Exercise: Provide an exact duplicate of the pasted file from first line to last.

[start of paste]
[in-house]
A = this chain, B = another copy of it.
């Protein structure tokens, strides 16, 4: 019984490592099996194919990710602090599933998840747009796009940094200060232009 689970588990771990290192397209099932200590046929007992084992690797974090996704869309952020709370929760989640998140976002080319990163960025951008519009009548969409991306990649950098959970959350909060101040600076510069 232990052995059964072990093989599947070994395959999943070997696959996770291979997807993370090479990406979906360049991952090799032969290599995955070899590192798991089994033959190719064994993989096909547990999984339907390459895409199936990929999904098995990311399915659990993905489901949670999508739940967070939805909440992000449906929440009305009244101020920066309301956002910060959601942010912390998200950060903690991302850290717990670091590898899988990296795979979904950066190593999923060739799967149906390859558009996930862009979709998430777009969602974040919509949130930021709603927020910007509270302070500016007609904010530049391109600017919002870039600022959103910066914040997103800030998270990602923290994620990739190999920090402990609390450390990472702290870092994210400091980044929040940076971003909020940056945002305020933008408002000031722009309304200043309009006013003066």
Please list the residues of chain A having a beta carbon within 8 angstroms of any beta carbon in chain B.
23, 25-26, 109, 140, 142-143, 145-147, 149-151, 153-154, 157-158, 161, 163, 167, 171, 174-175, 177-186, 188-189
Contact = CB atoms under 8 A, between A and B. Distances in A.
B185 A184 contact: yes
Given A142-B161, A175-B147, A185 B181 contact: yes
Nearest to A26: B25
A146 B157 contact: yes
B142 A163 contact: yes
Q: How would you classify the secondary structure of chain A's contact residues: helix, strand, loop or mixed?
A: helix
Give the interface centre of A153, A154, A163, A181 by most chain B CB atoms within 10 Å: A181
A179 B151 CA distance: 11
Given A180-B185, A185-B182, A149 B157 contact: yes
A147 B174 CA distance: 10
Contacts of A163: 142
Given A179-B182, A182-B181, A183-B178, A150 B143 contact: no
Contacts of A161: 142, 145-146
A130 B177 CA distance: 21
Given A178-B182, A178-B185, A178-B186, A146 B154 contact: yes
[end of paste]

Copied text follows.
[in-house]
A = this chain, B = another copy of it.
């Protein structure tokens, strides 16, 4: 019984490592099996194919990710602090599933998840747009796009940094200060232009 689970588990771990290192397209099932200590046929007992084992690797974090996704869309952020709370929760989640998140976002080319990163960025951008519009009548969409991306990649950098959970959350909060101040600076510069 232990052995059964072990093989599947070994395959999943070997696959996770291979997807993370090479990406979906360049991952090799032969290599995955070899590192798991089994033959190719064994993989096909547990999984339907390459895409199936990929999904098995990311399915659990993905489901949670999508739940967070939805909440992000449906929440009305009244101020920066309301956002910060959601942010912390998200950060903690991302850290717990670091590898899988990296795979979904950066190593999923060739799967149906390859558009996930862009979709998430777009969602974040919509949130930021709603927020910007509270302070500016007609904010530049391109600017919002870039600022959103910066914040997103800030998270990602923290994620990739190999920090402990609390450390990472702290870092994210400091980044929040940076971003909020940056945002305020933008408002000031722009309304200043309009006013003066």
Please list the residues of chain A having a beta carbon within 8 angstroms of any beta carbon in chain B.
23, 25-26, 109, 140, 142-143, 145-147, 149-151, 153-154, 157-158, 161, 163, 167, 171, 174-175, 177-186, 188-189
Contact = CB atoms under 8 A, between A and B. Distances in A.
B185 A184 contact: yes
Given A142-B161, A175-B147, A185 B181 contact: yes
Nearest to A26: B25
A146 B157 contact: yes
B142 A163 contact: yes
Q: How would you classify the secondary structure of chain A's contact residues: helix, strand, loop or mixed?
A: helix
Give the interface centre of A153, A154, A163, A181 by most chain B CB atoms within 10 Å: A181
A179 B151 CA distance: 11
Given A180-B185, A185-B182, A149 B157 contact: yes
A147 B174 CA distance: 10
Contacts of A163: 142
Given A179-B182, A182-B181, A183-B178, A150 B143 contact: no
Contacts of A161: 142, 145-146
A130 B177 CA distance: 21
Given A178-B182, A178-B185, A178-B186, A146 B154 contact: yes